Falmouth Birds And Other Wild Things

It’s no secret that Cornwall is one of the UK’s most beautiful counties - just ask the incredible 5 million visitors we have each year! Attributing to our wonderful landscape are a rich variety of both wild and protected habitats, allowing wildlife to flourish.

Here in the south of Cornwall with a subtropical climate, Falmouth is home to an incredible wealth of wild bird species both inland and at sea. Since moving here a few years ago I have been fortunate enough to observe many of these while exploring the town and surrounding areas. I have always been an advocate for oneness with nature and protecting our natural inheritance. It’s wonderful living somewhere with so many like-minded folk who understand the intrinsic importance of it all for our own health and for the health of the planet.

 cormorant basking in the sun at swanpool nature reserve

Bird life thrives at Swanvale Nature Reserve which sits next to Swanpool Beach just outside of Falmouth town. I have enjoyed countless tranquil hours here sitting and watching the statuesque resident Grey heron fishing for his breakfast, Cormorants basking in the sunshine and the unmistakable blue flash of Kingfisher zoomies. In deep winter, cold sunny mornings draw a thick fog over the lake and you will often see people pulling over in the cars to take a dramatic photo on their way to work, or more serious photographers who have been there since dawn with their equipment.
The marshy woodland around Swanpool Lake provides shelter to tiny Goldcrests (listen out for their sweet high pitched song), Robins, Nuthatches and more.

Sunrise over Falmouth beach

If you’re up early enough, in addition to a mesmerising dawn chorus around the reserve, sunrise over Swanpool Beach is unmissable and you may even be rewarded with seal sightings as I have been from time to time.

Ringed Plovers on the south west coast path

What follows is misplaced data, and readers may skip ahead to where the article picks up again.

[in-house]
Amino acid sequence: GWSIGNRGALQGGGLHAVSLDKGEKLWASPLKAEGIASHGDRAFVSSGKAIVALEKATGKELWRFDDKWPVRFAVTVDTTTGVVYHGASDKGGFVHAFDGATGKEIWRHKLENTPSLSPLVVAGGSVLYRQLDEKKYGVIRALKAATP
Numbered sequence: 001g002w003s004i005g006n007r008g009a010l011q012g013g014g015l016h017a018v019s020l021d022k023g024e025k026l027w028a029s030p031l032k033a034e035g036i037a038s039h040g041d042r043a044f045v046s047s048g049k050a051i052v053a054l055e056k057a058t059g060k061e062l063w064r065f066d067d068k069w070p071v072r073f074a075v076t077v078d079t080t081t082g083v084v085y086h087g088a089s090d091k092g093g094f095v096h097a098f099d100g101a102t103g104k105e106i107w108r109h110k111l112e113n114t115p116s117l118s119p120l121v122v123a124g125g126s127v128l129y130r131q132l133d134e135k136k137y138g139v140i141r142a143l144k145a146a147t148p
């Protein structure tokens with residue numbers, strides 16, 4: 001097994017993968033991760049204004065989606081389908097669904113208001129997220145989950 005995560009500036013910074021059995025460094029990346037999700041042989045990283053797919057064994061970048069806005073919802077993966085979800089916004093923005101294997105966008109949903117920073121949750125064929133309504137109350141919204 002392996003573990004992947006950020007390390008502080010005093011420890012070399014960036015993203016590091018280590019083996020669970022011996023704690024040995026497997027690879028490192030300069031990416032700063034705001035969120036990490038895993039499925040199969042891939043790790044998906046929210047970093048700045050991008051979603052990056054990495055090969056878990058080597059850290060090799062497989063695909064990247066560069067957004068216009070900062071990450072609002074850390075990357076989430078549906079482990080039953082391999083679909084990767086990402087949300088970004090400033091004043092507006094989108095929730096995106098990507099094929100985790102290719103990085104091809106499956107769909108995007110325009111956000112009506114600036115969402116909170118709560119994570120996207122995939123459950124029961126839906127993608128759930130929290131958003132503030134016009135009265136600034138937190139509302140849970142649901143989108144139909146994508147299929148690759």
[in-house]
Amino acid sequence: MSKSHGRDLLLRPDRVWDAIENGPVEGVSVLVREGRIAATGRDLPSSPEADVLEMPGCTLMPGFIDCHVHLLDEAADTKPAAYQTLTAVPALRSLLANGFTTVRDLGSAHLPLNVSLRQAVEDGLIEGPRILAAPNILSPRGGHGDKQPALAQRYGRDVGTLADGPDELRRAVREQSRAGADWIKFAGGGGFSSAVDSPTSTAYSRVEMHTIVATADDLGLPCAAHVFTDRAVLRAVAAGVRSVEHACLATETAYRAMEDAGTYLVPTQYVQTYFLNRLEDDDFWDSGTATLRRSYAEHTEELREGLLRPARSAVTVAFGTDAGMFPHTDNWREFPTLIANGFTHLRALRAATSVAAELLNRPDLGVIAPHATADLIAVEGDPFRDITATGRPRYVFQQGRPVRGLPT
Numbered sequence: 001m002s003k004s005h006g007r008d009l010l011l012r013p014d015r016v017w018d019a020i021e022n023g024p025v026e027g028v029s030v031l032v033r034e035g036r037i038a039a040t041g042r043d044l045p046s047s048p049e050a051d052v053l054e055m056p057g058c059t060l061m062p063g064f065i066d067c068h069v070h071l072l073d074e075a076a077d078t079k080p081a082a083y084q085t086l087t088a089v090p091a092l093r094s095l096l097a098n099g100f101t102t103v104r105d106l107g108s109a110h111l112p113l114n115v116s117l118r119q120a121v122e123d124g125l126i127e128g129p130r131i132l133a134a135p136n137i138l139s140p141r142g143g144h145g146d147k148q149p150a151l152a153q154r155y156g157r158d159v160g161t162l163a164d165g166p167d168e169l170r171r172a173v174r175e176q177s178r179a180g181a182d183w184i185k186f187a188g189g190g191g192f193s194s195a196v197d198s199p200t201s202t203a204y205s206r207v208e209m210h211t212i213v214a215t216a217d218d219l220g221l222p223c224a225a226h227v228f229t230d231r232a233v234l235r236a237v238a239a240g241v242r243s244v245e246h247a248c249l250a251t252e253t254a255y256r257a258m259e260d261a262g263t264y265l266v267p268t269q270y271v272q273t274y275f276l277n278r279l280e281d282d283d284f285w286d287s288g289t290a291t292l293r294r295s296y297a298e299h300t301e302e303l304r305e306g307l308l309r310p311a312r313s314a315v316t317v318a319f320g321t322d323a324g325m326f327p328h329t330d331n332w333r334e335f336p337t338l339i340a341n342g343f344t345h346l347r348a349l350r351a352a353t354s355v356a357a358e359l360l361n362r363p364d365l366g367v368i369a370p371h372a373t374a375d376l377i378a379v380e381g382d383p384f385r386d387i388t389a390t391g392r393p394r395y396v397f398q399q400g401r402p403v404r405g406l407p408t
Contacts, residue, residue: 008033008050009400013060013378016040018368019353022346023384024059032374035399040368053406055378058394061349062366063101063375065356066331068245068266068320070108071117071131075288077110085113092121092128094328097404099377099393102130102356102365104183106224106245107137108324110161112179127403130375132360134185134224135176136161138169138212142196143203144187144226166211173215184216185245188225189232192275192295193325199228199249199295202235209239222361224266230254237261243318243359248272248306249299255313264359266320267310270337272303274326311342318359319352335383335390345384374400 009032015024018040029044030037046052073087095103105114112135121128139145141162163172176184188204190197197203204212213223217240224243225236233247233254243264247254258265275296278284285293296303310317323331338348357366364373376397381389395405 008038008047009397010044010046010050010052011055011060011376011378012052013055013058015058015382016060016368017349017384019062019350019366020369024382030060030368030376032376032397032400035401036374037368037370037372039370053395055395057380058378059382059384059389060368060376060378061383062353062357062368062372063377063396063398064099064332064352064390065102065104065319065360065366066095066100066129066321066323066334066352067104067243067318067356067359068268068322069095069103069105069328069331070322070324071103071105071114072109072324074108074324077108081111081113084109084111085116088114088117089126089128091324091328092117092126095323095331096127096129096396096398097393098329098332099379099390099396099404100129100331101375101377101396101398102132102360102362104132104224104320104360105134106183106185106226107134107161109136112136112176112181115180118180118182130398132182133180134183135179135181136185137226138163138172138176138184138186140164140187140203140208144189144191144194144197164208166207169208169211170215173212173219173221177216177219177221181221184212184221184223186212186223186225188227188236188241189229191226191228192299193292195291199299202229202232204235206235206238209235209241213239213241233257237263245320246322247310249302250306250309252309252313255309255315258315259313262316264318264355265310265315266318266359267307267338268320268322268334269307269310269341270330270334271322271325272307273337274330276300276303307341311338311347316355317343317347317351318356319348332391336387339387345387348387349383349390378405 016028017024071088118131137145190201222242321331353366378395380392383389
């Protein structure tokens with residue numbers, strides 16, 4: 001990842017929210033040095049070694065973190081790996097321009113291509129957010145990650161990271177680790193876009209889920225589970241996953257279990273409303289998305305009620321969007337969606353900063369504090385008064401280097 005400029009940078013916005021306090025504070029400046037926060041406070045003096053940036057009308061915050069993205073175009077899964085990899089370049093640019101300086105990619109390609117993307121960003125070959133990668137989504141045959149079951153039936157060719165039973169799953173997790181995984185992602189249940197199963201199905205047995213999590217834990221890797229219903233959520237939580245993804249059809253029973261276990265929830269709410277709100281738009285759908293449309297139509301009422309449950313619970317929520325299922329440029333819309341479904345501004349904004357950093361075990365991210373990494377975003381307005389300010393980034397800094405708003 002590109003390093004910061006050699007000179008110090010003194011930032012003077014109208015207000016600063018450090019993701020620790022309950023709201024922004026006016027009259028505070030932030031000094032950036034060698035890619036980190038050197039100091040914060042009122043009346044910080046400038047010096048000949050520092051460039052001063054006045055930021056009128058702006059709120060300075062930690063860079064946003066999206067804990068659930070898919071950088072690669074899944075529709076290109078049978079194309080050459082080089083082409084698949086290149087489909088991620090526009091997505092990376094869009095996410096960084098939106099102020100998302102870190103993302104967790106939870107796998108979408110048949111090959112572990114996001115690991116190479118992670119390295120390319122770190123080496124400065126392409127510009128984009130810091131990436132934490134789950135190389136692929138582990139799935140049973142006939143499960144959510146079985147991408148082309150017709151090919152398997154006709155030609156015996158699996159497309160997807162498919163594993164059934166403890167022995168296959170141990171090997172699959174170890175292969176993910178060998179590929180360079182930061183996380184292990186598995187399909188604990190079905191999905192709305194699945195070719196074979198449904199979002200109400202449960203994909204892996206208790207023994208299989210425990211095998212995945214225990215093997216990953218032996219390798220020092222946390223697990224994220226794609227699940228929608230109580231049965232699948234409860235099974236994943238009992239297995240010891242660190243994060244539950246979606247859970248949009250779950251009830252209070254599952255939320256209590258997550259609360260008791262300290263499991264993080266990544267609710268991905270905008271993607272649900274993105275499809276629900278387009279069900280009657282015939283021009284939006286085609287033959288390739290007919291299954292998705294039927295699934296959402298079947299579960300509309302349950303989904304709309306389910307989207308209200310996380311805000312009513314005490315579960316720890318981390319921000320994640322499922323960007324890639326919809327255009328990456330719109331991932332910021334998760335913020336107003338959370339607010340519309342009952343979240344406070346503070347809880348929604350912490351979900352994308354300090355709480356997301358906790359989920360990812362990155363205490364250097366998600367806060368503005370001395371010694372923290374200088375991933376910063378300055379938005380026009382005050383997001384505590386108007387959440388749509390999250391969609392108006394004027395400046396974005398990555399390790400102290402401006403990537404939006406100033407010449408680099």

One stretch of the famous South West Coast Path will take you from Swanpool east to Gyllyngvase ‘Gylly’ beach where Oystercatchers and Ringed Plovers (pictured above) study rockpools and shallows along the shore, wading in and out as the tide brings in their supper. Beautiful Sandwich terns arrive in the spring and are exciting to watch as they expertly twist, turn and dive into the ocean to catch fish.

South west coast path

Gylly is the beach closest to Falmouth town center and is popular with both locals and visitors alike, but is especially popular with our resident Herring gulls! Whether you regard these ‘seagulls’ as a noisy nuisance or misunderstood majestics (or a bit of both!), the species is protected due to declining populations and Falmouth is their home and we learn to live alongside them! I feel fortunate to have three young and curious gull chicks currently learning to fly and hunt snails in my back garden. They are fascinating to watch learning from their parents and becoming more brave each day flying further and further before returning home at night. I still wouldn’t trust one around my chips, however.


From Gylly, a gorgeous walk along the promenade will take you past understated Castle Beach and along the road all the way to Pendennis Point - an accessible headland with a near 360 view of the Falmouth Estuary and river. From this breathtaking vantage point with castle ruins, wildlife spotting opportunities are ample. I was fortunate enough to see my first ever dolphins here earlier this year
when a large pod turned up and hung around for several weeks. The dolphins later came right into the bay and all of us at Willow & Stone could observe them from the office windows, swimming around the harbour and teaching the young ones to hunt which was super special for us all!
Falmouth’s nature spots really can’t be missed. For a quieter birdwatching voyage avoiding the summer crowds, spring and early autumn are the most ideal times to make a pilgrimage along the coast path. Wildlife boat tours are also available where less common marine species can be spotted.

Whether you’re looking for dolphins in the distance, wildflowers or woodland, it’s really worth taking your time here and remembering that nature is forever our medicine and our home.


Wildlife photography by Rochelle Kent-Ellis (of the Willow & Stone customer service team)